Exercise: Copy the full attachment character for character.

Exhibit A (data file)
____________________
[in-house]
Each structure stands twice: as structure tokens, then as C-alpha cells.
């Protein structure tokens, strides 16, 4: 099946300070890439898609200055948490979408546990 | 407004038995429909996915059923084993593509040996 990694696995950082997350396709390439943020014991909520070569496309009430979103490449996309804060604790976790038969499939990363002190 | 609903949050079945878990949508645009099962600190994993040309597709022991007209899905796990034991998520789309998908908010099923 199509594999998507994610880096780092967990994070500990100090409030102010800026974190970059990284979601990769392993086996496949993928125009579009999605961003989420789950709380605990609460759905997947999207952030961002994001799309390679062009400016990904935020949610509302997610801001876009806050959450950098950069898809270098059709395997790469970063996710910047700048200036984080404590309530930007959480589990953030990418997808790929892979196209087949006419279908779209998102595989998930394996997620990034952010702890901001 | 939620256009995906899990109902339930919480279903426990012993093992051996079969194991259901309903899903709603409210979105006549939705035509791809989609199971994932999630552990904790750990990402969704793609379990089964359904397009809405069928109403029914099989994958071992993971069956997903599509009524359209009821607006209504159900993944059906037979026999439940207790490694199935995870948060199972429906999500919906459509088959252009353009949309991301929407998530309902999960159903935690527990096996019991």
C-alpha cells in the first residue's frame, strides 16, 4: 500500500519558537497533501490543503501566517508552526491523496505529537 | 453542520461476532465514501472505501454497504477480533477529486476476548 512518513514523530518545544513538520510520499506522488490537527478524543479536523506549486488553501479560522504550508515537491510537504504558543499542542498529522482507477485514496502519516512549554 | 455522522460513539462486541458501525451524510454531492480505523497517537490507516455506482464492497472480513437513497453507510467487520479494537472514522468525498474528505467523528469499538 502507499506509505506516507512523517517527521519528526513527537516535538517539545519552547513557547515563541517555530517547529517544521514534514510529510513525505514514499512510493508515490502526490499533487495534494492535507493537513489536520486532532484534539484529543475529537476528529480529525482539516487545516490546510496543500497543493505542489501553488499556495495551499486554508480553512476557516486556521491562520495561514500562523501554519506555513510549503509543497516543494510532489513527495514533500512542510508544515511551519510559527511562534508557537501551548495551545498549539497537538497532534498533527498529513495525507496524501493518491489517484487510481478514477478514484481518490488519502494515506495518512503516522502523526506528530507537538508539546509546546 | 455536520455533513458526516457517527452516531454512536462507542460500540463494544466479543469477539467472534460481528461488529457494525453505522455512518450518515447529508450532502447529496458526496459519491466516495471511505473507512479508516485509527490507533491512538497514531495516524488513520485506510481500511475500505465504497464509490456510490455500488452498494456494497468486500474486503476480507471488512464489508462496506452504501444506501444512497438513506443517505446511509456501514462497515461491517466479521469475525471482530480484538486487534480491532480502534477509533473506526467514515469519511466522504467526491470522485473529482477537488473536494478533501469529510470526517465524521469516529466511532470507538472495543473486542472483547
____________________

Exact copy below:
[in-house]
Each structure stands twice: as structure tokens, then as C-alpha cells.
């Protein structure tokens, strides 16, 4: 099946300070890439898609200055948490979408546990 | 407004038995429909996915059923084993593509040996 990694696995950082997350396709390439943020014991909520070569496309009430979103490449996309804060604790976790038969499939990363002190 | 609903949050079945878990949508645009099962600190994993040309597709022991007209899905796990034991998520789309998908908010099923 199509594999998507994610880096780092967990994070500990100090409030102010800026974190970059990284979601990769392993086996496949993928125009579009999605961003989420789950709380605990609460759905997947999207952030961002994001799309390679062009400016990904935020949610509302997610801001876009806050959450950098950069898809270098059709395997790469970063996710910047700048200036984080404590309530930007959480589990953030990418997808790929892979196209087949006419279908779209998102595989998930394996997620990034952010702890901001 | 939620256009995906899990109902339930919480279903426990012993093992051996079969194991259901309903899903709603409210979105006549939705035509791809989609199971994932999630552990904790750990990402969704793609379990089964359904397009809405069928109403029914099989994958071992993971069956997903599509009524359209009821607006209504159900993944059906037979026999439940207790490694199935995870948060199972429906999500919906459509088959252009353009949309991301929407998530309902999960159903935690527990096996019991």
C-alpha cells in the first residue's frame, strides 16, 4: 500500500519558537497533501490543503501566517508552526491523496505529537 | 453542520461476532465514501472505501454497504477480533477529486476476548 512518513514523530518545544513538520510520499506522488490537527478524543479536523506549486488553501479560522504550508515537491510537504504558543499542542498529522482507477485514496502519516512549554 | 455522522460513539462486541458501525451524510454531492480505523497517537490507516455506482464492497472480513437513497453507510467487520479494537472514522468525498474528505467523528469499538 502507499506509505506516507512523517517527521519528526513527537516535538517539545519552547513557547515563541517555530517547529517544521514534514510529510513525505514514499512510493508515490502526490499533487495534494492535507493537513489536520486532532484534539484529543475529537476528529480529525482539516487545516490546510496543500497543493505542489501553488499556495495551499486554508480553512476557516486556521491562520495561514500562523501554519506555513510549503509543497516543494510532489513527495514533500512542510508544515511551519510559527511562534508557537501551548495551545498549539497537538497532534498533527498529513495525507496524501493518491489517484487510481478514477478514484481518490488519502494515506495518512503516522502523526506528530507537538508539546509546546 | 455536520455533513458526516457517527452516531454512536462507542460500540463494544466479543469477539467472534460481528461488529457494525453505522455512518450518515447529508450532502447529496458526496459519491466516495471511505473507512479508516485509527490507533491512538497514531495516524488513520485506510481500511475500505465504497464509490456510490455500488452498494456494497468486500474486503476480507471488512464489508462496506452504501444506501444512497438513506443517505446511509456501514462497515461491517466479521469475525471482530480484538486487534480491532480502534477509533473506526467514515469519511466522504467526491470522485473529482477537488473536494478533501469529510470526517465524521469516529466511532470507538472495543473486542472483547